Deputy President David Mabuza on Tuesday responded to questions raised by members of the National Council of Provinces in Cape Town.
The questions ranged from land reform to the performance of state-owned enterprises.
Here are five key takeouts from the session:
Soweto residents must pay up
After marches against load-shedding and free electricity demands by Soweto residents, Mabuza said they must pay for power like all South Africans.
Soweto residents owe the power utility an estimated R18bn.
“Our people must pay. I’ve seen people in Soweto marching about the bills. As much as they’ve got concerns about the bills that have been issued by Eskom, let them discuss that, but they must know that Eskom is using money to generate electricity.”
Independent power producers
Mabuza said for independent power producers to function effectively, Medupi and Kusile power stations must be in full operation, as the capacity of IPPs was still low at this stage.
“These are individuals that supply 5, 2, 10MW, which is not significant. There’s not even a single independent producer that is producing 500MW. All of them are less than 100. Whether they are there or not, they don’t make any difference.”
Mabuza said the ANC had a moral obligation to correct the wrongs of the past which led to black people being dispossessed of land. He said the party was in the process of expanding access to land, which would boost the economy and social cohesion.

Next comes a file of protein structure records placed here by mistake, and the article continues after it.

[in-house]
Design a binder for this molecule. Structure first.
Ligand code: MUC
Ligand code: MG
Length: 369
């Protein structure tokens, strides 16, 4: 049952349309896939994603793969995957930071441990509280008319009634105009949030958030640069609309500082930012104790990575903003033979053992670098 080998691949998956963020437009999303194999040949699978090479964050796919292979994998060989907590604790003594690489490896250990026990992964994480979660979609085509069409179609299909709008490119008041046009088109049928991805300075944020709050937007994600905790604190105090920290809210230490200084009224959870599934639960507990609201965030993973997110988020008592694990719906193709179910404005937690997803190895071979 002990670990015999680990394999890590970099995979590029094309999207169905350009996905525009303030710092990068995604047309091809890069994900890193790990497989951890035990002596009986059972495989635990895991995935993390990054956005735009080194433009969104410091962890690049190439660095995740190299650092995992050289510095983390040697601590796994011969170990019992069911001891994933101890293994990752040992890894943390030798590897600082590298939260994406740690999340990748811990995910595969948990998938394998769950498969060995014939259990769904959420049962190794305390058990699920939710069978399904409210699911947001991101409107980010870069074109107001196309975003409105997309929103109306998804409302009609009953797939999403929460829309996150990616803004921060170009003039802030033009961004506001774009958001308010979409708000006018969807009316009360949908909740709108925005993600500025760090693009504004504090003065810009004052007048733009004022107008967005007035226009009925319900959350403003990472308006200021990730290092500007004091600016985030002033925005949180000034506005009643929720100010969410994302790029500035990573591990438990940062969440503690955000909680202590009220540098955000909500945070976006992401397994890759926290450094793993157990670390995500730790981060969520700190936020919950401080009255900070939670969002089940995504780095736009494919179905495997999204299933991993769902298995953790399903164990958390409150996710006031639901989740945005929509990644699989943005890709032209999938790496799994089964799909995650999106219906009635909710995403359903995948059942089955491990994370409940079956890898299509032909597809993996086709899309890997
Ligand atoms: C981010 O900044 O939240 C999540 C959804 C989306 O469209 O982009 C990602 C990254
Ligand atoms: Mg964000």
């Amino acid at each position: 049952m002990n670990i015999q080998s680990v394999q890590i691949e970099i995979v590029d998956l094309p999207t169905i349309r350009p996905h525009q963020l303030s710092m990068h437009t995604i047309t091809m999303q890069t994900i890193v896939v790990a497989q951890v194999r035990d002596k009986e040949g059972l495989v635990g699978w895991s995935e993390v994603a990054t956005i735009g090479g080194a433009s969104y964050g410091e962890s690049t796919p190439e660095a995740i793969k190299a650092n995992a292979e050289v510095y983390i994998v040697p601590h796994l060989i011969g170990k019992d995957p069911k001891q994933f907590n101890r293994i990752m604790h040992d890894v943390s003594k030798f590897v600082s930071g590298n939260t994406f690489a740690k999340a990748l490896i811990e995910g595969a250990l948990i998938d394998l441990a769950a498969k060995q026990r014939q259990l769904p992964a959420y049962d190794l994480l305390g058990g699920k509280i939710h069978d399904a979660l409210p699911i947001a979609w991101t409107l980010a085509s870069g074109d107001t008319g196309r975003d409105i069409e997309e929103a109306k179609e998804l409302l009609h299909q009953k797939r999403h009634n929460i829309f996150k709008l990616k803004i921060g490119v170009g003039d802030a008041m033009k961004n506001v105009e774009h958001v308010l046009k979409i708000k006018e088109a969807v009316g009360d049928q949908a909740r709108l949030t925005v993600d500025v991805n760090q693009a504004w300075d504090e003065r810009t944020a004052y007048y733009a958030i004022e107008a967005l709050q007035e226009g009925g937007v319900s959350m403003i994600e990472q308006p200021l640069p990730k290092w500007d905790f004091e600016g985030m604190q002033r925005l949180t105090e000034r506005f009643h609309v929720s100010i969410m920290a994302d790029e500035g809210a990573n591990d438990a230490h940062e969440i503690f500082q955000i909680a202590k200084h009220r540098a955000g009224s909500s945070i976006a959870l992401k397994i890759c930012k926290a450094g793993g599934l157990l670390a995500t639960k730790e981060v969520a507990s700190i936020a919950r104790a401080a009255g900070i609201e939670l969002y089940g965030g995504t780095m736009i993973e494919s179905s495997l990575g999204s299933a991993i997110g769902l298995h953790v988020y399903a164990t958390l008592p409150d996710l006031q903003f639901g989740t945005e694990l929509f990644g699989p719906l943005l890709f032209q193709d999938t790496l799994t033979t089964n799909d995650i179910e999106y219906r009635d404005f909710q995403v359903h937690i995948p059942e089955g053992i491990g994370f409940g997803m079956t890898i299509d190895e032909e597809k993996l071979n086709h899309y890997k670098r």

“The government is implementing a land reform program in a very systematic, orderly way which is consistent with the law. We will ensure that land is made available for human settlement, agricultural purposes and economic reform.”
Mabuza said the government was working towards stabilizing struggling state-owned companies including Eskom, SAA and Denel until they’re in a position to sustain themselves.
“All board members of the SOEs are being reviewed, they have further been directed to focus on addressing all governance failures that have impacted negatively on the SOEs.”
SAA is not going anywhere
The deputy president said the government would not let go of SAA as South Africans love the airline. He said it was determined to find the root cause of the problems faced by the airline and get it back to operating without bailouts.
“As government, we still think we can deal with the challenges faced by SAA. This business must be rescued. The business practitioner will tell us exactly what needs to be fixed.”